Before configuring vSAN each host in the cluster must be configured with a VMkernel port for use with vSAN traffic.
In the vSphere client (HTML5) or vSphere web client browse to each of the hosts in the designated cluster for which you intend to use vSAN, open the Configure tab and select Networking. Click VMKernel Adapters and the Add Networking icon. Ensure the connection type is VMkernel Network Adapter and click Next.
Select a New standard switch and click Next.
Assign physical adapters to the switch using the green plus symbol. For production environments make sure multiple physical network adapters are assigned for redundancy. When you have finished the network adapter configuration click Next.
Configure a name for the VMkernel port and a VLAN ID if required. Ensure Virtual SAN is selected under enabled services and click Next.
Configure the network settings for the VMkernel port and click Next.
On the Summary page click Finish.
For lab environments with limited physical interfaces you select the Management Network and click the Edit Settings icon. Add Virtual SAN traffic to the list of available services and click Ok. The vSAN traffic will now share the management network, this is obviously not recommended for production workloads.
vSAN 6.7 Configuration
In vSphere 6.7 the HTML5 client now includes support for vSAN. To enable vSAN browse to the appropriate cluster in the vSphere client and click the Configure tab. Expand vSAN and select Services, vSAN is turned off by default so click Configure.
Select the vSAN configuration and click Next. The standard option is a Single site cluster where all hosts are at one site. A two host cluster with third witness node (not contributing capacity), or stretched cluster across sites, can also be used.
Enable any additional services that are required, these can also be enabled later. Click Next.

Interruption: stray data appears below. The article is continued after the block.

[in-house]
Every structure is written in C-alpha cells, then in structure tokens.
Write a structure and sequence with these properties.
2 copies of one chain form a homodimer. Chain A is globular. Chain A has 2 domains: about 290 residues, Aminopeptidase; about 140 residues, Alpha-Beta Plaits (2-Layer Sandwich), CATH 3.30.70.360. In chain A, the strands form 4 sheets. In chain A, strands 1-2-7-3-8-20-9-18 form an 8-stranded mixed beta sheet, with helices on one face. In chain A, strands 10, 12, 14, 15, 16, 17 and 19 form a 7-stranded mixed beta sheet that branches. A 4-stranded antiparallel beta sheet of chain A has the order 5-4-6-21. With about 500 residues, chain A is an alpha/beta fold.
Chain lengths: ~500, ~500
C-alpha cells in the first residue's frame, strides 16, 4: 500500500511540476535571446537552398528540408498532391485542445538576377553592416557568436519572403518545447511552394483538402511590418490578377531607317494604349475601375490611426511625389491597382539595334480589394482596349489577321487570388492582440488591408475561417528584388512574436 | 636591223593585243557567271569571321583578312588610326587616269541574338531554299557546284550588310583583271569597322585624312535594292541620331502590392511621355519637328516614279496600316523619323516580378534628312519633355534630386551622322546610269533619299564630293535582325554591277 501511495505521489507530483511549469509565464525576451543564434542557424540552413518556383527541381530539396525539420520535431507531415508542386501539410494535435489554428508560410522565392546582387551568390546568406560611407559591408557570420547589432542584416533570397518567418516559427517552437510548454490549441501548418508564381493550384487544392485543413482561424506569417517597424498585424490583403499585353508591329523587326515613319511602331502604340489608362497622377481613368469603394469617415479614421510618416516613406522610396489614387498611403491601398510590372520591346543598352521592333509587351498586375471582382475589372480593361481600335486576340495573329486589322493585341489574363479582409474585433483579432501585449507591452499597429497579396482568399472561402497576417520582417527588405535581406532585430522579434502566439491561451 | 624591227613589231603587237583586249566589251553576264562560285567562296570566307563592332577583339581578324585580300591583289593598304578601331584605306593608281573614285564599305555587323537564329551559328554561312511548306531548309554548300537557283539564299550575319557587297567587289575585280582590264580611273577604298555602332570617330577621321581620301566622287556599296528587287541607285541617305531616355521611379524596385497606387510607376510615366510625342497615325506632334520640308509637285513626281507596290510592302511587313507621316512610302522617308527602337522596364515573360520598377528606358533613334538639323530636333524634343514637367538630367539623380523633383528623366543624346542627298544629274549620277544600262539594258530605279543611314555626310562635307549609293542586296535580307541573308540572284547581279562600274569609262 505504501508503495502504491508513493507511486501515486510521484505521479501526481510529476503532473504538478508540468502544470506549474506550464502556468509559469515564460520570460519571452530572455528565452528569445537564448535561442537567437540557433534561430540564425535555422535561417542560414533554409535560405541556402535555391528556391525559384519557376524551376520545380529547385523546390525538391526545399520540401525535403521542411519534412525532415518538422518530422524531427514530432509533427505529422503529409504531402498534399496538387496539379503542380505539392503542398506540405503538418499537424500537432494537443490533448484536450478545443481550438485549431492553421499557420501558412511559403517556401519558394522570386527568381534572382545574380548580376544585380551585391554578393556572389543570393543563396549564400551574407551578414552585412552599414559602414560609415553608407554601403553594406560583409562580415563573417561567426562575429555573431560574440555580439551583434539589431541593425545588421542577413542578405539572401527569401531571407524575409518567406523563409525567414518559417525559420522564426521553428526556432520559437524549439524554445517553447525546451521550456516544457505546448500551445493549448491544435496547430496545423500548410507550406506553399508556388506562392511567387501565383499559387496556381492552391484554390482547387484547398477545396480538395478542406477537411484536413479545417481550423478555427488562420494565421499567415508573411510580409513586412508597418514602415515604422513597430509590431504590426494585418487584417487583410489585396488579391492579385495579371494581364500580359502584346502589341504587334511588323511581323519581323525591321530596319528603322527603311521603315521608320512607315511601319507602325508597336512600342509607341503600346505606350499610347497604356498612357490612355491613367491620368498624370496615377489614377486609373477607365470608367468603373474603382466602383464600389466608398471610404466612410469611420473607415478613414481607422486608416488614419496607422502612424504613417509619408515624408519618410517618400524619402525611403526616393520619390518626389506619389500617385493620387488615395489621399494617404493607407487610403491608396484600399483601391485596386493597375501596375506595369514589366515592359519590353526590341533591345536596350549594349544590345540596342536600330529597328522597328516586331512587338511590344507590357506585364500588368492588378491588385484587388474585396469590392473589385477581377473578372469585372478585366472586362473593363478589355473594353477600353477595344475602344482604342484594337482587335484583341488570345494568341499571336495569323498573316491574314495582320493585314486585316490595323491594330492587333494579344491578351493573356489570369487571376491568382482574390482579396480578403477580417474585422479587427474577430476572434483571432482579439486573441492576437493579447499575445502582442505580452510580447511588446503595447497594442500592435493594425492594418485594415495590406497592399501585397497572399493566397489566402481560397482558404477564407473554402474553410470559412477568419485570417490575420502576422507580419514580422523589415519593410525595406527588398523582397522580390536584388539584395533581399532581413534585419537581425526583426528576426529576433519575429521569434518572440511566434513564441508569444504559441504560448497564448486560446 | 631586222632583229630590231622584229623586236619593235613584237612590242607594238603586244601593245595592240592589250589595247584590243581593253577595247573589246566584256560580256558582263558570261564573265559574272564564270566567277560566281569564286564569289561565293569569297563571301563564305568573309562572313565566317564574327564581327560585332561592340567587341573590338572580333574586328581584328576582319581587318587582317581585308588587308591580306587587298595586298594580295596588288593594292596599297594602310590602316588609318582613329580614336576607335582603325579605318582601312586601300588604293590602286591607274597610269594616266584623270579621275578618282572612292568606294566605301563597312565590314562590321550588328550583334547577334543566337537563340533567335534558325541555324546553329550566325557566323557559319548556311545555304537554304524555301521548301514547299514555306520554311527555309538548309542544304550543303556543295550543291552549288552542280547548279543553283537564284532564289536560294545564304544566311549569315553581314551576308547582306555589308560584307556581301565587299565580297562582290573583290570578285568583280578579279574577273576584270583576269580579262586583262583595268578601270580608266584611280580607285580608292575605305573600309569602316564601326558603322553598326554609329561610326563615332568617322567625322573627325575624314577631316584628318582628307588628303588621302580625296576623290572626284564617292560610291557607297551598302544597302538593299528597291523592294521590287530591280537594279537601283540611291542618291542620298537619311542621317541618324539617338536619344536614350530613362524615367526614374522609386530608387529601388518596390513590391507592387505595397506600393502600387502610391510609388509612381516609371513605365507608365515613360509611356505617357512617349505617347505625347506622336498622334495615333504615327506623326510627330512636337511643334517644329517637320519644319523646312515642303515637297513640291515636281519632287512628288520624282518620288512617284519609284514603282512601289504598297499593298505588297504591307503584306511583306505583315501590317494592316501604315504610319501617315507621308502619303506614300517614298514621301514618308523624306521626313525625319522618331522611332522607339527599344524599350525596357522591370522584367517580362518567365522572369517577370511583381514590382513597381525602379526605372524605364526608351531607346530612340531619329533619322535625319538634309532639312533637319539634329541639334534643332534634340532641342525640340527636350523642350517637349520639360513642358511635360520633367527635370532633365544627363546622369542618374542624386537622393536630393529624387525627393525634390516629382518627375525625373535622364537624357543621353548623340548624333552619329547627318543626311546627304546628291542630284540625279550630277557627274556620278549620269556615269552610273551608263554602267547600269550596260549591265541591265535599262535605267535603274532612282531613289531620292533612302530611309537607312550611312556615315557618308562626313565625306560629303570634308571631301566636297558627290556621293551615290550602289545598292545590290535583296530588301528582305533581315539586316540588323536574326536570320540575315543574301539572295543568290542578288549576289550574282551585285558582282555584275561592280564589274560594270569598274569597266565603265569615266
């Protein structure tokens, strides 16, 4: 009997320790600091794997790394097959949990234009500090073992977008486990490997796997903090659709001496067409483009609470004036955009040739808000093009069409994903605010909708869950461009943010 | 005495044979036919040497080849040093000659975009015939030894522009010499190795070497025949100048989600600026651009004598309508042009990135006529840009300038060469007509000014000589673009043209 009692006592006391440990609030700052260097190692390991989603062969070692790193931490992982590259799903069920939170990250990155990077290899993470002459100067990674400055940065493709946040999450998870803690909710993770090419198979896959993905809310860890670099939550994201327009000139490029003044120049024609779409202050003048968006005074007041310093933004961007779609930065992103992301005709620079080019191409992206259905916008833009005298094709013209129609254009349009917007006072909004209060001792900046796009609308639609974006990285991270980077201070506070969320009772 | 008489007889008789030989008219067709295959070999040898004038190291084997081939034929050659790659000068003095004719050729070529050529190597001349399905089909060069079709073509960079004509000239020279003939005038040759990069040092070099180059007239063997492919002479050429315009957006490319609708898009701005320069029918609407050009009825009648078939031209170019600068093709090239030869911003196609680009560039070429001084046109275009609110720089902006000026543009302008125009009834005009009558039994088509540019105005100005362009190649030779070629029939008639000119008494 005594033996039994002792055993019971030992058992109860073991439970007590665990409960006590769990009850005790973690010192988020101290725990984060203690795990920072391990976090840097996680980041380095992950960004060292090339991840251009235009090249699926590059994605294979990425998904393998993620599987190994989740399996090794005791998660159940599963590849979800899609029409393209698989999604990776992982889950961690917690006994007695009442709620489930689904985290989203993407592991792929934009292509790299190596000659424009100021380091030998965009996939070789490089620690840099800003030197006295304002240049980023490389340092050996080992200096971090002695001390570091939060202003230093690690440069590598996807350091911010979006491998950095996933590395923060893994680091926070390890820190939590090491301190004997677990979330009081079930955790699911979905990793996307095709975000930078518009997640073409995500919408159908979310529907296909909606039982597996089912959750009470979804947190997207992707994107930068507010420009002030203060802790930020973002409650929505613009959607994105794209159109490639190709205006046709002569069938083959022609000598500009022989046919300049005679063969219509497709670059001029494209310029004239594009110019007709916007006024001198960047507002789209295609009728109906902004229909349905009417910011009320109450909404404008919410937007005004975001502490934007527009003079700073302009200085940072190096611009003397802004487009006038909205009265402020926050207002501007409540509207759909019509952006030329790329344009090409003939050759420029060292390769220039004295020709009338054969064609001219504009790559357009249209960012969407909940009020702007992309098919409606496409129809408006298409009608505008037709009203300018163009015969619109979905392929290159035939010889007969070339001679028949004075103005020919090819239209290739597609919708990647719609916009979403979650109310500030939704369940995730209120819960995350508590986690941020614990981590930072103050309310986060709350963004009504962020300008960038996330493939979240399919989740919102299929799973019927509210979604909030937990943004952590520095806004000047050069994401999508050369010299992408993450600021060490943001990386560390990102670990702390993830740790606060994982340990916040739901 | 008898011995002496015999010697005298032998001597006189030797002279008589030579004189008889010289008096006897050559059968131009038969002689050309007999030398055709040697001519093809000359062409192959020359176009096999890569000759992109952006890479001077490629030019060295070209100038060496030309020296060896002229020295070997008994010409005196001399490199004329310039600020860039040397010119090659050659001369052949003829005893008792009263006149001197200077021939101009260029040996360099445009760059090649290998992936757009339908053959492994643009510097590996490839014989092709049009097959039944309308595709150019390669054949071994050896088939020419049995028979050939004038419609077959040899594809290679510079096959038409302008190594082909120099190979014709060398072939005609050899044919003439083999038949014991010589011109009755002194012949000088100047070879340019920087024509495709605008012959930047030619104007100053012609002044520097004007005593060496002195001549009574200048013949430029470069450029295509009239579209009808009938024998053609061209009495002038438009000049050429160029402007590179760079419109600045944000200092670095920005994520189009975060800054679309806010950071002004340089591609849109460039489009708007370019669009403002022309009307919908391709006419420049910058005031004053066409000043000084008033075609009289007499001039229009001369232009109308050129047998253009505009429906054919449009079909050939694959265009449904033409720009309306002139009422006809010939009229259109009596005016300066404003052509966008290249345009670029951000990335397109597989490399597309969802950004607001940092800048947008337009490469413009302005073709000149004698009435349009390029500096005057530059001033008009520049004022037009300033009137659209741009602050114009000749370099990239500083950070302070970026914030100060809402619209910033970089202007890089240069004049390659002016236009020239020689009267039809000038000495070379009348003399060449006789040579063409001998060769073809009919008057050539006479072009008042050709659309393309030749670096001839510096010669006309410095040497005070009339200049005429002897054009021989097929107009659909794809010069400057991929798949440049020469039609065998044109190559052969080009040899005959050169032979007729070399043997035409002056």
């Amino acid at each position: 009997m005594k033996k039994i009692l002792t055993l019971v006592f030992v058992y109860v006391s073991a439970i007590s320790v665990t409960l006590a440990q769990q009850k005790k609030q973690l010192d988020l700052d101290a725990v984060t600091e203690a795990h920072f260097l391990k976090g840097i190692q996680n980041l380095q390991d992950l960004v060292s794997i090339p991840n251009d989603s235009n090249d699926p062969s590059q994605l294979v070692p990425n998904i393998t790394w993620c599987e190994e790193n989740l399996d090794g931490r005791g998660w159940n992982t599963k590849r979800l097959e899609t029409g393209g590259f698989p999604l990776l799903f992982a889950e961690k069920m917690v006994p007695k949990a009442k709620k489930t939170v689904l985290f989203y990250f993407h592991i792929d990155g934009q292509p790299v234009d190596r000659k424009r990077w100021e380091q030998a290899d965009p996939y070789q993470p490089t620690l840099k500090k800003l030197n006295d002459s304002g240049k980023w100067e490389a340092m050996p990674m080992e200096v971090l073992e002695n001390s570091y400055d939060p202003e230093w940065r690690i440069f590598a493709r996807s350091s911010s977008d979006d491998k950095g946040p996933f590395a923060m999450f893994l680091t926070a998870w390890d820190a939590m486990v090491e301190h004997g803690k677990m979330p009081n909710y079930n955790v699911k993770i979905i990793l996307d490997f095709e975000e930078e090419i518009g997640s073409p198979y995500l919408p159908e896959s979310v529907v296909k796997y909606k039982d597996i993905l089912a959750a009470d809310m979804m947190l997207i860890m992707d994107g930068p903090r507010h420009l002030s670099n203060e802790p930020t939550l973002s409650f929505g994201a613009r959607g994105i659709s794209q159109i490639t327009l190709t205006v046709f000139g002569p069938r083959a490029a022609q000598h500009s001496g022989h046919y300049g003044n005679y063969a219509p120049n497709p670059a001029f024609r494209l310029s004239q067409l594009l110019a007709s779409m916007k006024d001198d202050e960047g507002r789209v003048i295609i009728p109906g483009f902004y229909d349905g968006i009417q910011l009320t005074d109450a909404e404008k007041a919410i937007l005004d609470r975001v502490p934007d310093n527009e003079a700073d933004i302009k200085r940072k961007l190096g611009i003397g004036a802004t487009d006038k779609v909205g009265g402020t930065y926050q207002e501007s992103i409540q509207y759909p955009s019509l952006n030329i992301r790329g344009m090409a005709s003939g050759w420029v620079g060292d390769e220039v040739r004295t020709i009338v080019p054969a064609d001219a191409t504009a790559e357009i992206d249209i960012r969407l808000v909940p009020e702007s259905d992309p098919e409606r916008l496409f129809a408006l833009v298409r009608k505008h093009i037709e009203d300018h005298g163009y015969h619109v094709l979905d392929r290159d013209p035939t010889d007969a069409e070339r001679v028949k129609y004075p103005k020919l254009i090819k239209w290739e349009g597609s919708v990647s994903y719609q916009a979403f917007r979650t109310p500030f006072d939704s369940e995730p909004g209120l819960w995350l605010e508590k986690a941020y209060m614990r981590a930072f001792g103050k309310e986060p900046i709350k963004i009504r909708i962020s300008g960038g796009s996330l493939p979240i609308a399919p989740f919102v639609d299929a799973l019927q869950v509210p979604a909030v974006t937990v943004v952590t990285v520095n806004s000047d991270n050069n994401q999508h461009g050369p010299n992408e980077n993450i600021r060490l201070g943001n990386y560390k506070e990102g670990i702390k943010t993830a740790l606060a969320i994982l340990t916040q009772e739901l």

Select the disks to use in the vSAN configuration and click Next. For each capacity contributing host one flash device should be selected for the cache tier, and at least one more device for the capacity tier.
If your vSAN cluster spans multiple racks or chassis then you may have included fault domains in your vSAN design. Configure any required fault domains here and then click Next.
Review the settings in the summary page and click Finish. The selected resources are pooled into a single vSAN datastore and you can start provisioning machines right away.
Additional vSAN services such as deduplication and compression can be configured after initial setup using the menu options under vSAN in the cluster Configuration tab. The vSAN menu options in the cluster Monitor tab also provide a number of good monitoring tools and dashboards.
vSAN 6.5/6.6 Configuration
For vSAN 6.6.2 and earlier the required features need enabling from the vSphere web client, only vSAN 6.7 has HTML5 support.
To enable vSAN browse to the appropriate cluster in the vSphere web client and click the Configure tab. Expand Virtual SAN and select General, you will see a message that Virtual SAN is not enabled, so click Configure.
By default any suitable disks will be added to the vSAN datastore. To manually select disks change the disk claiming setting to Manual. Review the other capability options by hovering over the grey information circle, select any appropriate features and click Next. If you change any settings on the capabilities page additional menu pages will be added for configuration of these settings.
The network validation page will confirm that each host in the cluster has a valid vSAN kernel port, click Next.
Review the details on the summary page and click Finish. The virtual SAN will now pool the selected resources into the vSAN datastore and you can start provisioning machines right away. vSAN creates and presents a single datastore containing all disks for each vSphere cluster. You can amend vSAN settings or add additional capabilities at a later date using the menu options under the Virtual SAN heading of the Configure tab of a vSphere cluster.